If you live in an area with limited radio stations, or your favourite station doesn't come in clearly, then you may want to increase your radio reception with an antenna. Most radios have a metal antenna that you pull out, a wire antenna that you move around, or a place where you can hook an external antenna.
Fully extend the radio antenna that your radio came with. Don't pull it out so far that it breaks off. Rotate the antenna in different directions.
Examine the stereo-mono switch, and have the indicator set to mono. Mono waves seem to travel better then stereo.
Wrap the radio antenna in aluminium foil to bring the signal in better and move the radio in different areas of the room. Some areas may pick up the radio signal better. Move closer to the window, or a place where fewer obstructions will interfere with the signal.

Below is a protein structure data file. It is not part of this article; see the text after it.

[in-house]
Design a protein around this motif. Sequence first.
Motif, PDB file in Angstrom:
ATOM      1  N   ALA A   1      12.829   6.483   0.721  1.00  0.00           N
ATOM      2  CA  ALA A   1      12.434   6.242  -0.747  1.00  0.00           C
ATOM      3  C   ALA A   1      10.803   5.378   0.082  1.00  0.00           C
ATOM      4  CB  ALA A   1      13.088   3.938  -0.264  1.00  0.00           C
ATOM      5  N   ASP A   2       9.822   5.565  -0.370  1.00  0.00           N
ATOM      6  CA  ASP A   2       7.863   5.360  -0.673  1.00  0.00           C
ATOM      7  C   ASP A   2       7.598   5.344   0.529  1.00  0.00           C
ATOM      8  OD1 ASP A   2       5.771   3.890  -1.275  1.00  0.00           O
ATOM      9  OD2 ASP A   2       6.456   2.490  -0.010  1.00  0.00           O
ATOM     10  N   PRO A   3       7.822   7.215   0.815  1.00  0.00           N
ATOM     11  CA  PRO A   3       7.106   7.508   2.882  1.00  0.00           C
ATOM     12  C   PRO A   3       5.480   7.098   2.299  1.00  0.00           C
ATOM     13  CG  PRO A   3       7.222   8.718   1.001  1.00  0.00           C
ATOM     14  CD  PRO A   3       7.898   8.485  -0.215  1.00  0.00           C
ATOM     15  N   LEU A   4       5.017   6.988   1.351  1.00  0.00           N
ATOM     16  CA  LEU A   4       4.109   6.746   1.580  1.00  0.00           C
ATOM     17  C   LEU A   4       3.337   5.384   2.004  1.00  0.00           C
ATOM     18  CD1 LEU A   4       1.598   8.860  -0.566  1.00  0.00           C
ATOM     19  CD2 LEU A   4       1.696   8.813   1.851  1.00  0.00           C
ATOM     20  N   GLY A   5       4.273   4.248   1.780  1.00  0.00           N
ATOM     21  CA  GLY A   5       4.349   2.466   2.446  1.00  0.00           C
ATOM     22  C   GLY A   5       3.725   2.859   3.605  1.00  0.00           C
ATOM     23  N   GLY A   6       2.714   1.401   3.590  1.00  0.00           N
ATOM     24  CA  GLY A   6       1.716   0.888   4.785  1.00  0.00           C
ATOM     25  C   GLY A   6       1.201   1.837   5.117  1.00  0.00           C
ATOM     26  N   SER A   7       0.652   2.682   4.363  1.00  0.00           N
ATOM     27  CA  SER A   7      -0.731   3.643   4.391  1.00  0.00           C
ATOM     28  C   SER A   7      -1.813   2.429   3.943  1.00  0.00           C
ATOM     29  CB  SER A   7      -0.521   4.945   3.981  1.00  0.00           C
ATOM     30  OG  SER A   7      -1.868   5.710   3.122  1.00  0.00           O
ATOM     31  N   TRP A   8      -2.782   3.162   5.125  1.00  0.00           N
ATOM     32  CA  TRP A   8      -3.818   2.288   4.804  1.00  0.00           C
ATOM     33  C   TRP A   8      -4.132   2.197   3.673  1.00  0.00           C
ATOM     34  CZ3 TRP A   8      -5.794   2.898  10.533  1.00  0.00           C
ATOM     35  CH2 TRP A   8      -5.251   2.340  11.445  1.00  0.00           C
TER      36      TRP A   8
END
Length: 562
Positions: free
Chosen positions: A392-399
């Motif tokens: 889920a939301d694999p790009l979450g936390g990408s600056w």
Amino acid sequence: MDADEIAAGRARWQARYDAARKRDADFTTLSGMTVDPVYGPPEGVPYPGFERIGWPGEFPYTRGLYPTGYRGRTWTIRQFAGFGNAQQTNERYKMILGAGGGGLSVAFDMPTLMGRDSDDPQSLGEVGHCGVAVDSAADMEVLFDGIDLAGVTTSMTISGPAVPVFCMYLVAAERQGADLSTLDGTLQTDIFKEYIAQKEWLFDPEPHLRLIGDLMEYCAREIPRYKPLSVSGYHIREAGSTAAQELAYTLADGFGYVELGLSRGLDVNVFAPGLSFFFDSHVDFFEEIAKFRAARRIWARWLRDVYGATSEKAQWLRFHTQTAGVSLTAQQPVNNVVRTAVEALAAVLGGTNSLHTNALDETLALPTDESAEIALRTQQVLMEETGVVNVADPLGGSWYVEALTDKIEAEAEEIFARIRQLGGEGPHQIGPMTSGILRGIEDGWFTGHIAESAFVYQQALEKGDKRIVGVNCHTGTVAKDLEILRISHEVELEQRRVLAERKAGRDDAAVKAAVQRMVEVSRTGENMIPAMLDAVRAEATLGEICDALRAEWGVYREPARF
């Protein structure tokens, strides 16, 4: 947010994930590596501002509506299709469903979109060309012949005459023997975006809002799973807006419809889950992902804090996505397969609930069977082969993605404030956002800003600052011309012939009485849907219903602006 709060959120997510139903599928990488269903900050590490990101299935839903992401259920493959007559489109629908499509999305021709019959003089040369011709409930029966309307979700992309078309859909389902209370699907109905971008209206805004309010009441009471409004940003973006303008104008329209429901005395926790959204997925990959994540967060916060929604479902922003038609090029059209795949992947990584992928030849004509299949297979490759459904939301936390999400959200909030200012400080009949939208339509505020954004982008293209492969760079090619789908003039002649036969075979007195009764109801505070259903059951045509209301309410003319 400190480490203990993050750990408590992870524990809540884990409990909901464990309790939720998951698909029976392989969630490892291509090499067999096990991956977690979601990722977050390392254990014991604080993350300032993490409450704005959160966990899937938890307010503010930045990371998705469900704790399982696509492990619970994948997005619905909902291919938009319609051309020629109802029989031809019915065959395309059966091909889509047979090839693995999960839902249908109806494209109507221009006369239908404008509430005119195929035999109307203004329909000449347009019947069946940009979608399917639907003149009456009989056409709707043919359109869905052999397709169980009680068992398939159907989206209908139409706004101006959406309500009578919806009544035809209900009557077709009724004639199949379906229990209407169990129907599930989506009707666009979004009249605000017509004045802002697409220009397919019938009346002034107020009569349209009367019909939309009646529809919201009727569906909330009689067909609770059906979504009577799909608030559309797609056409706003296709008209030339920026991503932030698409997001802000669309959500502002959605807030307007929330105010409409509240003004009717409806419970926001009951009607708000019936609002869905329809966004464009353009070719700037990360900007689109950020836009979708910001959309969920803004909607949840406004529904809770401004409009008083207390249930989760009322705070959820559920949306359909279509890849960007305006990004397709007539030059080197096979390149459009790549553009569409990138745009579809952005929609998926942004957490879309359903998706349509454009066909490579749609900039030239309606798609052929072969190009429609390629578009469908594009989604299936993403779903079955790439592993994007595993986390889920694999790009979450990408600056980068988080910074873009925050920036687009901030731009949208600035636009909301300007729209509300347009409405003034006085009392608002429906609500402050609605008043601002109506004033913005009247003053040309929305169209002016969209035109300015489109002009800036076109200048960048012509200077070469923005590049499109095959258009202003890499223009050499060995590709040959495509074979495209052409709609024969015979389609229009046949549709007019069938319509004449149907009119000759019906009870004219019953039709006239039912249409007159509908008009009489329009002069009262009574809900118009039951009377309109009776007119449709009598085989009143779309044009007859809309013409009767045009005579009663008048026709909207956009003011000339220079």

Attach a 6-foot or longer length of wire to the antenna with an alligator clip. Experiment with the length of wire, moving it around to find the best position that will bring in the radio station. Run it up the wall or around the window for best results.
Move the radio cord in different directions. Sometimes if you straighten the cord out, and then reposition it in different directions, you can bring the station in clearer.
Install a TV antenna in the highest place possible. You can put one on the roof top, attic or a high pole. Put it in a place with the least number of obstructions.
If installing an outdoor antenna, do not install close to any power lines. If installing the TV antenna on the roof, you will need lightning rods to protect your house, antenna and everything connected to the antenna.
Tips and warnings
- If installing an outdoor antenna, do not install close to any power lines. If installing the TV antenna on the roof, you will need lightning rods to protect your house, antenna and everything connected to the antenna.